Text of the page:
Many of the marine policy frameworks developed to protect biodiversity in deep-sea areas, including areas beyond national jurisdiction (ABNJ), include indicators to assess policy objectives. These frameworks often have specific guidance on how the indicators should be applied and interpreted. Selection of indicators is an important process and thos...
Article
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Ecosystem connectivity is an essential consideration for marine spatial planning of competing interests in the deep sea. Immobile, adult communities are connected through freely floating larvae, depending on new recruits for their health and to adapt to external pressures. We hypothesize that the vertical swimming ability of deep-sea larvae, before...
Article
Full-text available
The North Atlantic subpolar gyre (SPG) connects tropical and high latitude waters, playing a leading role in deep‐water formation, propagation of Atlantic water into the Arctic, and as habitat for many ecosystems. Instrumental records spanning recent decades document significant decadal variability in SPG circulation, with associated hydrographic a...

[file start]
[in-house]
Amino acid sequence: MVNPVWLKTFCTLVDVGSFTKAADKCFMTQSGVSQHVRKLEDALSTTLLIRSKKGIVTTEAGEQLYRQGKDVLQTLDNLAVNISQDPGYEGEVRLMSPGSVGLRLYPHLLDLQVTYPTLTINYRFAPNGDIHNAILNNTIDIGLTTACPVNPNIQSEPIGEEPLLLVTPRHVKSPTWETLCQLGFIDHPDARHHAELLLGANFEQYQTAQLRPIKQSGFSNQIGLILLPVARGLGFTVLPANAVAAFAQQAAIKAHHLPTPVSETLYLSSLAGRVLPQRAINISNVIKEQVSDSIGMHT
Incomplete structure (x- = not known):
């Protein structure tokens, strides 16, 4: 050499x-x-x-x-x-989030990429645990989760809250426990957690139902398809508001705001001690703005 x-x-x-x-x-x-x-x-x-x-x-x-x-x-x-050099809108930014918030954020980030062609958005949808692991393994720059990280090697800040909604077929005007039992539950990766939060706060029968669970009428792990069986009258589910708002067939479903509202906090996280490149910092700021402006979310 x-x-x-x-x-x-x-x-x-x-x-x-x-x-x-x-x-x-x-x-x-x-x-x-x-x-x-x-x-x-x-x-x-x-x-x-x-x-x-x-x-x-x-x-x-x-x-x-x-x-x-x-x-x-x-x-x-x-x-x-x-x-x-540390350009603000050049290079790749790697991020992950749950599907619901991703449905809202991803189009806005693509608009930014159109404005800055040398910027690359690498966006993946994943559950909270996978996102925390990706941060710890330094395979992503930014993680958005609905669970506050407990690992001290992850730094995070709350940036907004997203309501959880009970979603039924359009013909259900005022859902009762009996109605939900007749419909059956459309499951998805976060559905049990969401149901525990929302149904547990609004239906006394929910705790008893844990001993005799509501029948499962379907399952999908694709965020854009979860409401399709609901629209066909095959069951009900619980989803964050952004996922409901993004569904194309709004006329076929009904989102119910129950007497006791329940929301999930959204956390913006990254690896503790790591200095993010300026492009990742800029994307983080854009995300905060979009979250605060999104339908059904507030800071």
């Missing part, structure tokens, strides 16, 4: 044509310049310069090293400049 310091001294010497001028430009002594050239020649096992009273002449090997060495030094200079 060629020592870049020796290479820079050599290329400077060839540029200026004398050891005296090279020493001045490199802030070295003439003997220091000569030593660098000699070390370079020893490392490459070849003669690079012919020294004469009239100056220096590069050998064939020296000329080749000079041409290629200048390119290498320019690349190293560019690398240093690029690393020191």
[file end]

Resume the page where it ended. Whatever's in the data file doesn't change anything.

Article
Used during an oil spill to minimise the formation of an oil slick, dispersants have negative biological effects on marine model organisms. However, no study has investigated the impacts of dispersants on sponges. Here, we examine the effects of water accommodated oil fraction (WAF - oil in seawater), chemically enhanced WAF (CEWAF - oil and disper...
Article
Full-text available
The deep sea plays a critical role in global climate regulation through uptake and storage of heat and carbon dioxide. However, this regulating service causes warming, acidification and deoxygenation of deep waters, leading to decreased food availability at the seafloor. These changes and their projections are likely to affect productivity, biodive...